British actor Stephen Campbell-Moore (History Boys, A Short Stay in Switzerland) is also very impressive as priviledged weed Humphrey Van Wuyden. An initially unsympathetic character, Campbell-Moore manages to tap into that seam of understated valour he does particularly well. Each indignity 'Hump' is forced to endure propels him ever closer to the status of grudging hero.

Party of Five's Neve Campbell, convinces effectively as runaway shipping heiress Maud Brewster. Who, through a series of very unfortunate events finds herself Prey to both brothers - and with only a bloke called Humphrey to save the day, poor lamb.

However, the real acting honours must go to German Actor Sebastien Koch. As the 'Sea Wolf' of the title, he manages at once to be both tender and terrifying. A tragic mix of Bligh and Ahab, Koch out-Crowe's Russell in the charismatic Sea-Captain stakes.

Wolff's descent into blindness has Koch railing and raging around his ship like a wounded animal. He is finally felled like a giant oak tree - and with redemption denied until his (literally) last breath - the secret locked in the heart of the ship and the man, is revealed.

Koch's Wolff is a torment of cruelty. Yet when he finally breathes his last, you cannot help but feel a pang of sympathy for him - a testament to a masterful performance.

This adaptation of 'Sea Wolf' is as unforgiving as a tempestuous sea journey. It offers no easy resolutions - with each character's flaws exposed in technicolour. Yet, this maritime take on Cain and Abel, is by no means brothers grim. 'People, they make no sense at all' opines the Sea Wolf. Perhaps not, but they certainly make a great story.
Comment Comments (2) | Permalink | Most recent comment: Nov 30, 2013 2:52 PM GMT


7cms (3 inch) Deep SINGLE Size Memory Foam Mattress Topper With A Washable Cover ***Now Includes A Washable Zip Cover*** By "The Linen Depot"
7cms (3 inch) Deep SINGLE Size Memory Foam Mattress Topper With A Washable Cover ***Now Includes A Washable Zip Cover*** By "The Linen Depot"

24 of 24 people found the following review helpful
5.0 out of 5 stars Fabulous foam!, 30 Sept. 2010
This is now the second 3" foam mattress toppers I have purchased from the Linen Depot.

My Mother suffers with severe Rheumatoid Arthrits and cannot change her sleeping position when in bed. This memory foam topper is the only thing we have found that gives enough comfort for a decent night's sleep.

After about 24 hours, the 3" foam reaches just the right thickness, and my Mum finds it comfortable enough to give her a restful sleep.

The Terry Towelling cover provided with the foam, is also excellent for preventing the foam becoming too hot.

These toppers are a marvellous provision for those who sufferwith pain during the night. As they don't crease - they are also helpful in reducing the risk of pressure sores.

The customer service provided by the Linen Depot is also excellent.
Comment Comments (2) | Permalink | Most recent comment: Nov 30, 2013 2:38 PM GMT


Stuart: A Life Backwards [DVD] [2007]
Stuart: A Life Backwards [DVD] [2007]
Dvd ~ Tom Hardy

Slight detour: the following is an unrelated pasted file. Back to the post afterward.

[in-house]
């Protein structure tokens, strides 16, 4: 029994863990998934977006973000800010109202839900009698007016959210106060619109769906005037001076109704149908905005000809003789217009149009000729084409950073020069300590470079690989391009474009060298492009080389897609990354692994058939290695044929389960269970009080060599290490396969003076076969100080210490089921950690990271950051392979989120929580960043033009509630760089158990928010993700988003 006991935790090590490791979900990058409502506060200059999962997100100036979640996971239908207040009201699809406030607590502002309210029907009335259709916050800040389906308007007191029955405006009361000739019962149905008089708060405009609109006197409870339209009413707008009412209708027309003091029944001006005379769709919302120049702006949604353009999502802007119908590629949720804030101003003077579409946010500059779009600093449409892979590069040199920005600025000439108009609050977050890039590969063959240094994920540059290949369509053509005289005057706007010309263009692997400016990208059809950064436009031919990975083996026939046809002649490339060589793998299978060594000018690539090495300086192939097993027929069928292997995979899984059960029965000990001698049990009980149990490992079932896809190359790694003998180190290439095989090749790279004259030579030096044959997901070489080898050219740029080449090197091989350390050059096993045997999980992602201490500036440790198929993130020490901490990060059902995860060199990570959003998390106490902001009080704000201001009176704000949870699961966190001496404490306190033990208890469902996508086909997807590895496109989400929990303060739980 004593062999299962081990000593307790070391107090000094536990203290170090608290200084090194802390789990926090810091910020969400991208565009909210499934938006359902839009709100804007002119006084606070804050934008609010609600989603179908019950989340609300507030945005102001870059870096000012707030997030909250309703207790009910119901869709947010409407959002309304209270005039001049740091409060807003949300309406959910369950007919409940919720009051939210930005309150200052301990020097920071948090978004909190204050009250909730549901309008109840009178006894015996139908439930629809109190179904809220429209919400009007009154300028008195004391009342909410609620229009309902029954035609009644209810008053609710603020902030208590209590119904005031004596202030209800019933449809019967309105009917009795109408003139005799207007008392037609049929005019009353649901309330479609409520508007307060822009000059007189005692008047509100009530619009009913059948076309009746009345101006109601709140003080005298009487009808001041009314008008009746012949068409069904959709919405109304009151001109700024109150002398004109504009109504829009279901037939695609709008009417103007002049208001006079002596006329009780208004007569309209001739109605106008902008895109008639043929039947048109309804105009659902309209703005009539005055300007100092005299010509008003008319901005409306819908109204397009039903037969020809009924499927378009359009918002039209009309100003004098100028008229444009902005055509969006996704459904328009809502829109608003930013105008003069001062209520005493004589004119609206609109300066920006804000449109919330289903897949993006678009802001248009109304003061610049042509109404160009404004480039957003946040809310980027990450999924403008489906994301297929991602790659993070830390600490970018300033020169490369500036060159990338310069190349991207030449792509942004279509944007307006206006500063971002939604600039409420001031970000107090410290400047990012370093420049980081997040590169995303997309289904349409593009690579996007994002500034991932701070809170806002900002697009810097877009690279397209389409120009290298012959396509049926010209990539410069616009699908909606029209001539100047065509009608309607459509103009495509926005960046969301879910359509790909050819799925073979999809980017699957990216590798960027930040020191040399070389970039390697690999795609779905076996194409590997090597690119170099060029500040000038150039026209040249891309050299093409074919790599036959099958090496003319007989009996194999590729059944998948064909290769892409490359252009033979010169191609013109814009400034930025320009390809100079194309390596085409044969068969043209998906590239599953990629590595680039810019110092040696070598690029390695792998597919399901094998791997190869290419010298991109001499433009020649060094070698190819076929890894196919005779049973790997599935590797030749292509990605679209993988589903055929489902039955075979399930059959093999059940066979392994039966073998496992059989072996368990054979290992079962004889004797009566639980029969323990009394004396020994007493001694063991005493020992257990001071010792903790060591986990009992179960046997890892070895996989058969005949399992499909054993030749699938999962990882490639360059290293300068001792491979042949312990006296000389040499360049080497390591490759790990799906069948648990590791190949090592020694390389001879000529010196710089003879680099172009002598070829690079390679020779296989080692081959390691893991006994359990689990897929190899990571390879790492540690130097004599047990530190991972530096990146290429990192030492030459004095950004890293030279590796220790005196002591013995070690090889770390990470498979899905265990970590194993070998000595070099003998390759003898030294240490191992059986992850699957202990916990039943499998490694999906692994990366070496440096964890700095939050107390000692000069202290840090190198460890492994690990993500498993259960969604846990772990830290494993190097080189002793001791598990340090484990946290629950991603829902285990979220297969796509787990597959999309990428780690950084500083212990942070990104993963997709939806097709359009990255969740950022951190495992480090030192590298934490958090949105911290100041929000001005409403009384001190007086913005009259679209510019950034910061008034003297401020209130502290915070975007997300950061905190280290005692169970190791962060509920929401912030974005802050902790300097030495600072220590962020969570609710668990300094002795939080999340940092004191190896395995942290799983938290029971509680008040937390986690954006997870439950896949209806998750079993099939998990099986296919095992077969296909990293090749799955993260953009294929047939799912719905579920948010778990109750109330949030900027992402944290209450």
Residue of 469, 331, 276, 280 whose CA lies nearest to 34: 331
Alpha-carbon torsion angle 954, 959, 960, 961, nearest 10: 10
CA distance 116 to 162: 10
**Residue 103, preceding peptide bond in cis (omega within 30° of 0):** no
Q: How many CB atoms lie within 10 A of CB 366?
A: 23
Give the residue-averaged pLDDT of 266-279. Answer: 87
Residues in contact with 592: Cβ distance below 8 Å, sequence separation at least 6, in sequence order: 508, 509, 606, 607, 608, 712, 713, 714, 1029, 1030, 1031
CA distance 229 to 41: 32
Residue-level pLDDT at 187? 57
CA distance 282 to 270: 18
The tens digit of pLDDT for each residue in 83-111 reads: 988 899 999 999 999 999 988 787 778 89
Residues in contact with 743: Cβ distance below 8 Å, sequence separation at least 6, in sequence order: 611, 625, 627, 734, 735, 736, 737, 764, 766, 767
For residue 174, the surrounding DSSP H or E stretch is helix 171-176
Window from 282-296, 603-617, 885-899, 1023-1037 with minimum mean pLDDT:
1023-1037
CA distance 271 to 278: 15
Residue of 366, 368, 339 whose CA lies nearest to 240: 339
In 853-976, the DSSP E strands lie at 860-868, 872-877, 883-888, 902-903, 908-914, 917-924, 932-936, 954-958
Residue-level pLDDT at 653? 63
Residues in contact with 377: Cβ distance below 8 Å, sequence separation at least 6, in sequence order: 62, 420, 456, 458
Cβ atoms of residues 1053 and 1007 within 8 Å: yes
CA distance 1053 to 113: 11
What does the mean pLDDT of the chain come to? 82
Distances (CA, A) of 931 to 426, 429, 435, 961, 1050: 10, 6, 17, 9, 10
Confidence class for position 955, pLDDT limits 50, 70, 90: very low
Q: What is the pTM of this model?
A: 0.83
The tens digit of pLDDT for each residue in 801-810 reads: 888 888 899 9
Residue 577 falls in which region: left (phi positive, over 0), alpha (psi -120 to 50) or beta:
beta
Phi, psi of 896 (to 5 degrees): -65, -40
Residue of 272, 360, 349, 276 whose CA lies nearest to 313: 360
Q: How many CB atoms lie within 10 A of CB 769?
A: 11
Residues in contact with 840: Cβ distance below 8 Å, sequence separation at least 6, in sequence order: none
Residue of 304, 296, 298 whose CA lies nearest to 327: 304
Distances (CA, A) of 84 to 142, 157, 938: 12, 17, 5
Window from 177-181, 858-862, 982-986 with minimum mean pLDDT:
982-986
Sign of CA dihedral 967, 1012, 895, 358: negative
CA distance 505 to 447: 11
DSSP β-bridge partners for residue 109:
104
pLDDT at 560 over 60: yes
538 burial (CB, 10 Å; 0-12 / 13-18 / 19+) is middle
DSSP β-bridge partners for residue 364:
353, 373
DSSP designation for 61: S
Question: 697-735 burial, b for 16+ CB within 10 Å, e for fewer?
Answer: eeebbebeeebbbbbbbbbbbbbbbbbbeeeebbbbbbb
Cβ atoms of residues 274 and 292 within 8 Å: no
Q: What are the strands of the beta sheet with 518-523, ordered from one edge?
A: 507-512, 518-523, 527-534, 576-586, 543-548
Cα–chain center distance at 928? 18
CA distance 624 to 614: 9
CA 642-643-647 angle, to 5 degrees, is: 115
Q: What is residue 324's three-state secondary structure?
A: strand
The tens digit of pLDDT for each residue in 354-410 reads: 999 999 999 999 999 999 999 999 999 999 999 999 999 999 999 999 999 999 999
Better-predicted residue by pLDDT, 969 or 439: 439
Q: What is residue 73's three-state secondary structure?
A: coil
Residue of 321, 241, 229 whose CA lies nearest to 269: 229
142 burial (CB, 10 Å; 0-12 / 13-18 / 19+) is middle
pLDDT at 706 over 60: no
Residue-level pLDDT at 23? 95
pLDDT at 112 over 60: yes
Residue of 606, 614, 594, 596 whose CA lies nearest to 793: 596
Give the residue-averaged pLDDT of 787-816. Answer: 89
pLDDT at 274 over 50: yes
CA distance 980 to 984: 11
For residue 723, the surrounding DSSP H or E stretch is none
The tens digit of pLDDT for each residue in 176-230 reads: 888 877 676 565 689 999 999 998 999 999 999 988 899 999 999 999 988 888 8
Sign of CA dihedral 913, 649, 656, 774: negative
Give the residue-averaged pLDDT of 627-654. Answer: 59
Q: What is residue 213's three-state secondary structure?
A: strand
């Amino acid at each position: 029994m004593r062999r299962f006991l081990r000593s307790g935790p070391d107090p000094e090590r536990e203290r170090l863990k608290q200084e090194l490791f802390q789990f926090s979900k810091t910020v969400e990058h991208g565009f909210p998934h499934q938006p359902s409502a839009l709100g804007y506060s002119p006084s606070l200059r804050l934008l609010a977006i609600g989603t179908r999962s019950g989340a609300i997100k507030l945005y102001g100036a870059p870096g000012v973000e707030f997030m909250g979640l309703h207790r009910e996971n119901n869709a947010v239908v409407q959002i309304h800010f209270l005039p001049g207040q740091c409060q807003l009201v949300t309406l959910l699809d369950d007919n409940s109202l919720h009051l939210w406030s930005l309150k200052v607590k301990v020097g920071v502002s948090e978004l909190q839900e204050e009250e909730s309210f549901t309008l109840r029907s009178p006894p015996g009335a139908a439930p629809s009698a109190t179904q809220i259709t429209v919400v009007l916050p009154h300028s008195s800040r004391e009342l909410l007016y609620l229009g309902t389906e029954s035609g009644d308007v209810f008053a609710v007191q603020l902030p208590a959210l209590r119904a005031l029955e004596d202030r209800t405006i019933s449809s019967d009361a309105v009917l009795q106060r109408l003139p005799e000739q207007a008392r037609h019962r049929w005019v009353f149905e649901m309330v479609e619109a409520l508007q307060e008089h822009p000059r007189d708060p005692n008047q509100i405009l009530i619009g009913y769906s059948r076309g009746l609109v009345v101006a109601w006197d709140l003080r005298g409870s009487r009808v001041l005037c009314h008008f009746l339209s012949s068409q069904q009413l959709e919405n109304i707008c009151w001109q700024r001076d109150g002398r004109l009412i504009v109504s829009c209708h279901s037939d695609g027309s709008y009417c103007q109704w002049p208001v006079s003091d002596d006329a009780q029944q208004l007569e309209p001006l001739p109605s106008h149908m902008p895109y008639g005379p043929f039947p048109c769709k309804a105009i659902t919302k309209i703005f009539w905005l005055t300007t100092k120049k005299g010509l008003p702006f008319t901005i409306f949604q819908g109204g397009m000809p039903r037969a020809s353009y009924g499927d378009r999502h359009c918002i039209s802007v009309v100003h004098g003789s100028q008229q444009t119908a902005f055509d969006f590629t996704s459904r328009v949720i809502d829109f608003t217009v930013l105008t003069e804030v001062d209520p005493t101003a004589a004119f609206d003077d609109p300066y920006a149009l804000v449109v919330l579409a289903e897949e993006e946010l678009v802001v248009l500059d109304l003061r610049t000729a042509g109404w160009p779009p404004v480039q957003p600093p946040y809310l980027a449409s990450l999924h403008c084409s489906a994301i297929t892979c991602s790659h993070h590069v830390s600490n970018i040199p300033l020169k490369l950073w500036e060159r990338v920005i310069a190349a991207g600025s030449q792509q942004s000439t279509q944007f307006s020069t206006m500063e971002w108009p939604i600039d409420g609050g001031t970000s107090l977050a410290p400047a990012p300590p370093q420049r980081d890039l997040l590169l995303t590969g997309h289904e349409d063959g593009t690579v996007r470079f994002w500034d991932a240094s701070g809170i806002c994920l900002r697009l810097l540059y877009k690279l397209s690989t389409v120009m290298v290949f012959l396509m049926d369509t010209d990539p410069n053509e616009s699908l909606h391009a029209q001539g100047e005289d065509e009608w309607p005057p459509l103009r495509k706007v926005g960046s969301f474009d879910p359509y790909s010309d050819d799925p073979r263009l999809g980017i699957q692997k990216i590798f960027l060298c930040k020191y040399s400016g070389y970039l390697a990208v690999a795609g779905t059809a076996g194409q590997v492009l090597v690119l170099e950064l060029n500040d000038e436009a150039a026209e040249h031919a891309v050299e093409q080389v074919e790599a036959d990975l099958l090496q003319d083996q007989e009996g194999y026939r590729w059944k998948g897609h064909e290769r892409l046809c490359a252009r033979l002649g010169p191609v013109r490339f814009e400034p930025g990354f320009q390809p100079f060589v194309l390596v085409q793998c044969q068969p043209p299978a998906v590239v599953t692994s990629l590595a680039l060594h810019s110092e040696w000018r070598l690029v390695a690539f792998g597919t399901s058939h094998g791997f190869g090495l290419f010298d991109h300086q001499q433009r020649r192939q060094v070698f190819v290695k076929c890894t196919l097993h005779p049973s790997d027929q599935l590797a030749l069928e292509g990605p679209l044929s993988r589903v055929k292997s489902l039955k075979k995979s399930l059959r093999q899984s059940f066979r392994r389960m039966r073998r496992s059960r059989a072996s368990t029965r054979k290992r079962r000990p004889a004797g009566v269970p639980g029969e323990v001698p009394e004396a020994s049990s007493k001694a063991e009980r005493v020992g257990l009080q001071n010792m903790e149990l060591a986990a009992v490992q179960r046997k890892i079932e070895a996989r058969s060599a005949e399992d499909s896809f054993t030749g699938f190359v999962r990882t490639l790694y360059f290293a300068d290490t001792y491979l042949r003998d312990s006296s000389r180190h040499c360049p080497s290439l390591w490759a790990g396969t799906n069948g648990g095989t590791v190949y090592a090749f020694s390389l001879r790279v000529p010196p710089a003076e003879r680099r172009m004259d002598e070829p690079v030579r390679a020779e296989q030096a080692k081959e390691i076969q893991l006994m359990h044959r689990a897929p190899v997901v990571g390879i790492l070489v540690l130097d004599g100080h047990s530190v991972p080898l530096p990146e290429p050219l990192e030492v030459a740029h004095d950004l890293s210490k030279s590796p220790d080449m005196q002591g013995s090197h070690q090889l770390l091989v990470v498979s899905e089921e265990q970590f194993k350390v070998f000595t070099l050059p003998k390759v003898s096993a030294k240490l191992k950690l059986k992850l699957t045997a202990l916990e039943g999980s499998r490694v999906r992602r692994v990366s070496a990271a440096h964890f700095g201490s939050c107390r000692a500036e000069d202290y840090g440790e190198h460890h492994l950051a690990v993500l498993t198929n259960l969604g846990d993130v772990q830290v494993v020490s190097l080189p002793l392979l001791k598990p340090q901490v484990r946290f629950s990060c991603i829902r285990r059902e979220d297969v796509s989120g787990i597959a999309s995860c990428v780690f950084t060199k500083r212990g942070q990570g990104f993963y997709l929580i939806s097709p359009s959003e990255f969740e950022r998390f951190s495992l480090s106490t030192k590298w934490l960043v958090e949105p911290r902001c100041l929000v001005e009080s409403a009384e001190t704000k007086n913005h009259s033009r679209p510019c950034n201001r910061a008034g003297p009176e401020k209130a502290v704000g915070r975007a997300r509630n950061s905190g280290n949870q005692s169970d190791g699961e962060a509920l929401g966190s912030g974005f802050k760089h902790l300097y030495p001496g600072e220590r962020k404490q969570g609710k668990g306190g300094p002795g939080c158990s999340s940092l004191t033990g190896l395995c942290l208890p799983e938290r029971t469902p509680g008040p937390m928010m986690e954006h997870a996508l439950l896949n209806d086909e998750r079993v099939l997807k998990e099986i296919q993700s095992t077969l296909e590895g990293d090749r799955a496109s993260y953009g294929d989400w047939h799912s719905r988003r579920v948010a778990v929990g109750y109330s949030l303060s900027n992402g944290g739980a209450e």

Price: £5.99

52 of 56 people found the following review helpful
5.0 out of 5 stars Convict curry, 9 Oct. 2009
Verified Purchase(What is this?)
Every now and then, the BBC produce a drama so breath-haltingly wonderful, it makes you want to trot off to Television Centre and press every single exorbitant pound of license fee money straight into the hands of the TV execs who gave it the go ahead.

The man at the centre of this drama, Stuart Clive Shorter, was it seems, a 'convict curry' of contradictions; By turns, gentle yet violent, intelligent yet credulous, polite yet terrifying, innocent yet street savvy - riding the tidal wave of his personality with a strange kind of grace and sharp humour.

Shunted around like a hockey puck from institution to institution and beset by abuse, disability and addiction from childhood, our introduction to the 33 year old Stuart begins when he parks himself in a Cambridge drop in centre and wins over writer Alexander Masters with his perculiarly acute worldview.

Stuart and Alexander become unlikely allies in campaigning against the unjust imprisonment of two out-reach workers, jailed when a homeless centre they ran was raided by Police.

Long hours and long journeys lead to long conversations, as Alexander decides to 'staple Stuart to the page' - writing, at Stuart's invitation, a 'murder mystery'. Starting - Columbo style - with the victim, and guiding the viewer slowly through the horrific crimes which led to the maiming of the man, and the killing of the boy.

Director David Attwood has previously taken viewers on a visceral voyage through Edwardian seas in 'To The Ends of The Earth', and again, does not flinch from the difficult subject matter contained in Stuart's story.

Attwood's use of black and white cartoon sequences to illustrate the darker aspects of Stuart's life is an ingenious device, giving light relief while still underlining the theme of childhood lost. Stuart's endearing attempts to cook the most unpalatable food ever eaten rival even Baldrick's finest culinary efforts, and add a splash of welcome gallows humour.

Tom Hardy and Benedict Cumberbatch, (as Stuart and Alexander respectively), pull of a masterclass in understated brilliance. Through their performances, this technicolour story is allowed to breathe freely, and like Stuart, it sneaks up slowly and grabs you by the heart.